On the Fifth Sunday of Easter, Jesus tells us, “Do not let your hearts be troubled. You have faith in God; have faith also in me. In my Father’s house there are many dwelling places. If there were not, would I have told you that I’m going to prepare a place for you?”
Now, these are most certainly words of comfort; but they should not be interpreted as referring only to our endless, blissful future life in heaven. These words should penetrate the recesses of our minds and hearts in such a way that they become consistent with this passage: “I have told you this so that my joy may be in you and your joy may be complete. (John 15:11)
We should become viscerally convinced that whenever and wherever we feel God’s presence, we find joy, comfort, serenity, and peace of mind. The relevance of these words should become overwhelming if we keep in mind that they were first spoken in the context of impending intensive suffering, rejection, betrayal, a most cruel scourging, crowning with thorns and the cross.
Today, they are spoken to us who are intimately one with Jesus as Risen Lord through Baptism and Holy Communion. Their relevance must be overwhelming for us and secure for us complete joy, comfort, serenity, and peace of mind because we are one with him after his Resurrection, after he has already won his victory over anything and anyone that could rob us of or diminish comfort, serenity, peace of mind and joy.
In short, a good “rendition” of heaven can be felt even now in the context of living our life in the loving embrace of the Holy Trinity. Hence, the good news that Jesus proposes presents us with an unusual challenge which can be met successfully only if we live with the visceral conviction that the Resurrection of Christ has truly and thoroughly made us new creatures.
In the new creation generated by the Resurrection, we are challenged to believe that extreme situations such as very limited financial means, bouts with depression, a chronic nagging illness, a life-threatening diagnosis, betrayal, prolonged unemployment, devastating losses, in addition to the all-encompassing uncertainty we experience about the future, should not keep us from enjoying a sliver of heaven even now.
This daunting challenge can be met successfully: the lives of the Saints prove it beyond a shadow of a doubt. If, at present, we find ourselves at a very low ebb, we ought to resist the thought that our trying and painful situation is unique and, thus, that we should be left to wallow in our miseries. Our God wants us to be joy-filled even now.
There are Catholic printing houses who offer us inspiring lives of Saints who faced the same challenges that we are experiencing now; and came out victorious. They felt joy, comfort, serenity, and peace of mind in situations severe enough that would throw us for a spin and cause us to crumble.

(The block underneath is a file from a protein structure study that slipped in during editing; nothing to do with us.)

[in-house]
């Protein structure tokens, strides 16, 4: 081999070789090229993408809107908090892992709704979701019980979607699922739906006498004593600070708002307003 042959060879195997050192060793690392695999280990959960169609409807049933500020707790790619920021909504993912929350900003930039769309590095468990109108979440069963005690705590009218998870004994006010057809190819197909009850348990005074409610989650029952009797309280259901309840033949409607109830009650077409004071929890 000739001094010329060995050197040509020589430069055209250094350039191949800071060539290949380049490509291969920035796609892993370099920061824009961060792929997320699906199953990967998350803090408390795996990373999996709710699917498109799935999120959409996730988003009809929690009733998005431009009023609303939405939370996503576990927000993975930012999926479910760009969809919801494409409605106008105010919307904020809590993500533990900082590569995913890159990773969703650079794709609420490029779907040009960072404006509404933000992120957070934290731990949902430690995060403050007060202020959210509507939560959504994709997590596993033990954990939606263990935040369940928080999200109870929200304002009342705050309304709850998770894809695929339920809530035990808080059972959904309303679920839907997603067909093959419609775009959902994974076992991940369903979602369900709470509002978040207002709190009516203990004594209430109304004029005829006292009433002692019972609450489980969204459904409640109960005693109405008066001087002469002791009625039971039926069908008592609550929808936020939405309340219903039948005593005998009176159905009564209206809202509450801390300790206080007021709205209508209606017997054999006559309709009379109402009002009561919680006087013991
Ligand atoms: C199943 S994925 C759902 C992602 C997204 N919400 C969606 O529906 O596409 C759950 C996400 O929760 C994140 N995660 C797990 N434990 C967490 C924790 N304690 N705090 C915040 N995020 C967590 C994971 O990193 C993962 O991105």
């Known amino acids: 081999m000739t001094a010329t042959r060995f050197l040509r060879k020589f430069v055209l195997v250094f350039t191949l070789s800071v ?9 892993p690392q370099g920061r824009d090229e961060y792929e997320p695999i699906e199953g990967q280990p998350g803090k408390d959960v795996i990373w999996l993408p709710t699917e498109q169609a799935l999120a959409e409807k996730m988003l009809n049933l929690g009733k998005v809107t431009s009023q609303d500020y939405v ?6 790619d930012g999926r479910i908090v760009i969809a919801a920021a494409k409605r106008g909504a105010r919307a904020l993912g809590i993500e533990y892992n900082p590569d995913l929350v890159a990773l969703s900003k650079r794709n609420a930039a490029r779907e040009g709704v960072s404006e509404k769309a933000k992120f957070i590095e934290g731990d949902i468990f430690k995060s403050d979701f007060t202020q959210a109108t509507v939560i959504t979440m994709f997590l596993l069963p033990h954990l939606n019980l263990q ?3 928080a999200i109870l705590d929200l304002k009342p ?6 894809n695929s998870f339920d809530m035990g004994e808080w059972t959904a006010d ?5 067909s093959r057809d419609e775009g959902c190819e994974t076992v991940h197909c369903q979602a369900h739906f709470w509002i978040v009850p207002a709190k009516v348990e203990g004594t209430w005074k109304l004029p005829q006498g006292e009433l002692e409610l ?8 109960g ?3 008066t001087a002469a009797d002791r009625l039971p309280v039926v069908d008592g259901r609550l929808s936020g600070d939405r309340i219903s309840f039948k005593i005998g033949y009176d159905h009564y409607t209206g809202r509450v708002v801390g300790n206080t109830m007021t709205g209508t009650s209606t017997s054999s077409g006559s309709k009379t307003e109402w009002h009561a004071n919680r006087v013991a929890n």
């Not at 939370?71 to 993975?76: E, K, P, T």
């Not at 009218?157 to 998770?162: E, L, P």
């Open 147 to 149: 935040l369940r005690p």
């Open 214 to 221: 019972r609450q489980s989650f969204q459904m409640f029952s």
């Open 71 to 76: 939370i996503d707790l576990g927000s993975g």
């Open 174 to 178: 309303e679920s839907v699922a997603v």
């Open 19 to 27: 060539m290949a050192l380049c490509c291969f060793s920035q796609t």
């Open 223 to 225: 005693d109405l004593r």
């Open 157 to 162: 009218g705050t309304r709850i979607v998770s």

Naturally, we cannot expect, here on earth, to feel with the same completeness and intensity the joy that will be ours in heaven. Our experience of heaven here on earth is much dwarfed by our worries, by our distractions, by a disordered list of priorities, and by being absorbed in things and events which will have little or no bearing in heaven.
Jesus mentions two requirements for experiencing heaven while still on earth.
“Whoever loves me will keep my word, and my Father will love him, and we will come to him and make our dwelling with him. (John 14:23)
To experience heaven within the limits imposed by our physicality, here on earth, we must learn to love Jesus and to keep his word including the following:
Amen, amen, I say to you, whoever believes in me will do the works that I do, and will do greater ones than these, because I am going to the Father. (John 14:12)
These words addressed also to us sound unbelievable and might be easily dismissed by us, unless we truly love Jesus; keep his word; live fully in this, the post-resurrection era; and allow the power of the Holy Spirit to invest us completely.
We should find inspiration from the lives of the Saints. They were convinced they were living with the Holy Trinity in their hearts. They experienced heaven amid all the obstacles that they encountered on their way to evangelize entire nations, to build charitable empires, to reconcile warring nations, to perform astonishing miracles, to preserve for posterity ancient civilizations, and to offer inspiring examples of joyous self-giving.
Whenever we are tempted to give in to discouragement or we are facing very serious obstacles, we must remember that Jesus went to the Father and, from the Father, he sent us the Holy Spirit. Now, with the Holy Trinity dwelling in our heart and the firm assurance of a share in Jesus’ victory over all evils we, too, can do his works and greater than those done by him before his Resurrection.
What Jesus accomplished within the boundaries of the Holy Land has been accomplished all over the world by those who believe in these incredible words of his. As often as we feel the closeness of heaven and the Holy Trinity dwelling in us, we will be well equipped to join the Saints in doing Jesus’ works and greater ones than his in our little corner of the world and, perhaps, even beyond.